• There was also a statistically significant difference in RFS shown between the ZOL and no ZOL group. The addition of ZOL reduced the risk of RLS events by 35% (HR= 0.65: 95% CI 0.46,0.92; p=0.015) compared with no ZOL treatment.
  • For OS, there was not a significant difference seen as the number of deaths was fortunately small. However, a non-significant trend favoring ZOL treatment was seen for OS (HR=0.6: 95% CI -0.32, 1.11, p=0.10. 
  • Treatment of ZOL was well-tolerated and side effects were as expected. There were no significant associations with serious adverse events. 

Author's Conclusions

  • There were no significant differences seen in DFS, RFS, or OS between ANA and TAM in pre-menopausal women with Stage I or II breast cancer. This may be related to the effects of ovarian suppression with goserelin in premenopausal patients. 
  • It was also seen that few potentially life-threatening serious adverse events were noted with ANA compared to TAM. 
  • The addition of ZOL to endocrine therapy significantly prolonged DFS and RFS compared with endocrine therapy alone in pre-menopausal women with Stage I or II breast cancer.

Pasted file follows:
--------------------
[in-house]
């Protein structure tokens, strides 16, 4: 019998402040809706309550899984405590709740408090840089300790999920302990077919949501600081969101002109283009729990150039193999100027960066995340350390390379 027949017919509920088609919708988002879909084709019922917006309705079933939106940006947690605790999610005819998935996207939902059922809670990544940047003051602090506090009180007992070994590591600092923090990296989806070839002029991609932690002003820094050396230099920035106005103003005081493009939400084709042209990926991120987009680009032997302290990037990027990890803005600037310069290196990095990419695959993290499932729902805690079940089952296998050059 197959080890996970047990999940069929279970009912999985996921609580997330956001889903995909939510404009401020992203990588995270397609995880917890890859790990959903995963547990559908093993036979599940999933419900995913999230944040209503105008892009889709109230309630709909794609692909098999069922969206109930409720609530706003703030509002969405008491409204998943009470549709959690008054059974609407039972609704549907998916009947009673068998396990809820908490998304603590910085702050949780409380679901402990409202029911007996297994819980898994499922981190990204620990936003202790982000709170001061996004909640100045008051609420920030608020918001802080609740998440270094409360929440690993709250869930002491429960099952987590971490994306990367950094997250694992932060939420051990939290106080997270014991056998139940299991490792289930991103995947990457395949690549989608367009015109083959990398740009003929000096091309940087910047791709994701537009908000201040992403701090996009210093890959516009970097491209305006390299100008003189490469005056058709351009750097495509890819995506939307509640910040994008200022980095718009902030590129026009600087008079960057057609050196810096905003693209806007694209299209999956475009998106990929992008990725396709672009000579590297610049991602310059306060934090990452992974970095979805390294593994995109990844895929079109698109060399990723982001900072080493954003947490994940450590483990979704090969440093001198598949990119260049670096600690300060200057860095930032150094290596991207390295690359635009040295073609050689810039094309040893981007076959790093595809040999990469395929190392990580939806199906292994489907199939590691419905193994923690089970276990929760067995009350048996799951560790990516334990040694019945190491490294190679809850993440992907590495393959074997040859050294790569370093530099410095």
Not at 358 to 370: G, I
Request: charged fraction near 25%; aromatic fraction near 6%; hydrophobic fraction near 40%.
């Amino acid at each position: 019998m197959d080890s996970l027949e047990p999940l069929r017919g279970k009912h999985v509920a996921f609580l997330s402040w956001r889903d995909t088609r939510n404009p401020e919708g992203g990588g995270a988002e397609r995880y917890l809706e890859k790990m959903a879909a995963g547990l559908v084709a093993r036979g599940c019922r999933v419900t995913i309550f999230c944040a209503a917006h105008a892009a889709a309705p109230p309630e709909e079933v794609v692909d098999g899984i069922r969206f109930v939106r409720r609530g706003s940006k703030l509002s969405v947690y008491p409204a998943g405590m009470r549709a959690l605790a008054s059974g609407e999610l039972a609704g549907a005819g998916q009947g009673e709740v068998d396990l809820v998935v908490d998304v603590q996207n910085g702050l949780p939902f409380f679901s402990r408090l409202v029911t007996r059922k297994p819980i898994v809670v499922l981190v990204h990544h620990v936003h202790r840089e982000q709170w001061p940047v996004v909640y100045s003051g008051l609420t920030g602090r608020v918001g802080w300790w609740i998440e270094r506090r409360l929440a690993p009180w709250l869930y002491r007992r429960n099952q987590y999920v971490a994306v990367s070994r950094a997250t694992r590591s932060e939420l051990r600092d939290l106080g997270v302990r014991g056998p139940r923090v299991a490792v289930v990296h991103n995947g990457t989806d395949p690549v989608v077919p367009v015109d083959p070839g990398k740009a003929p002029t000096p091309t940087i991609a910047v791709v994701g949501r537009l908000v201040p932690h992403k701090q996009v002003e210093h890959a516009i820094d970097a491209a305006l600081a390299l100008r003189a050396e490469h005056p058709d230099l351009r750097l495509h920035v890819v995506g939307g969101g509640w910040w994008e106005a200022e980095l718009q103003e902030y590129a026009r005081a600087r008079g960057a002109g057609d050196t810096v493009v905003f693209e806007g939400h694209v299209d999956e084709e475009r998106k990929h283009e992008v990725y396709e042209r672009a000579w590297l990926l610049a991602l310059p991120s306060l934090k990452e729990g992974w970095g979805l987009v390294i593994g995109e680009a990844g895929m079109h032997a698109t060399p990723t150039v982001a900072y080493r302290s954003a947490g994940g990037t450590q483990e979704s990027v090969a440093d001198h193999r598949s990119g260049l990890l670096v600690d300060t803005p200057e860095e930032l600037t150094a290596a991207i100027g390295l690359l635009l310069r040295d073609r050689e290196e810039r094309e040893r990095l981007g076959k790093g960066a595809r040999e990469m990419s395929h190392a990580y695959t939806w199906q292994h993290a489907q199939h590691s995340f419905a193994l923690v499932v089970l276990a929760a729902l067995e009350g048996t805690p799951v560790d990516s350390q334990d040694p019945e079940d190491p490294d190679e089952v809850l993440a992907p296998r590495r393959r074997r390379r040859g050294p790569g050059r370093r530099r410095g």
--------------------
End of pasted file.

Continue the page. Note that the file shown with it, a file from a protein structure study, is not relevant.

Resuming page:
• The authors further conclude that this demonstrates we can utilize direct antitumor activity and immune activation in conjunction with the effects of hormonal treatment to increase DFS. 

Clinical/Scientific Implications

  • This prospective randomized trial provides relevant information regarding selection of hormonal treatment in pre-menopausal patients, and shows that the use of bisphosphonates, such as zoledronic acid, increases the effectiveness of current hormonal therapies.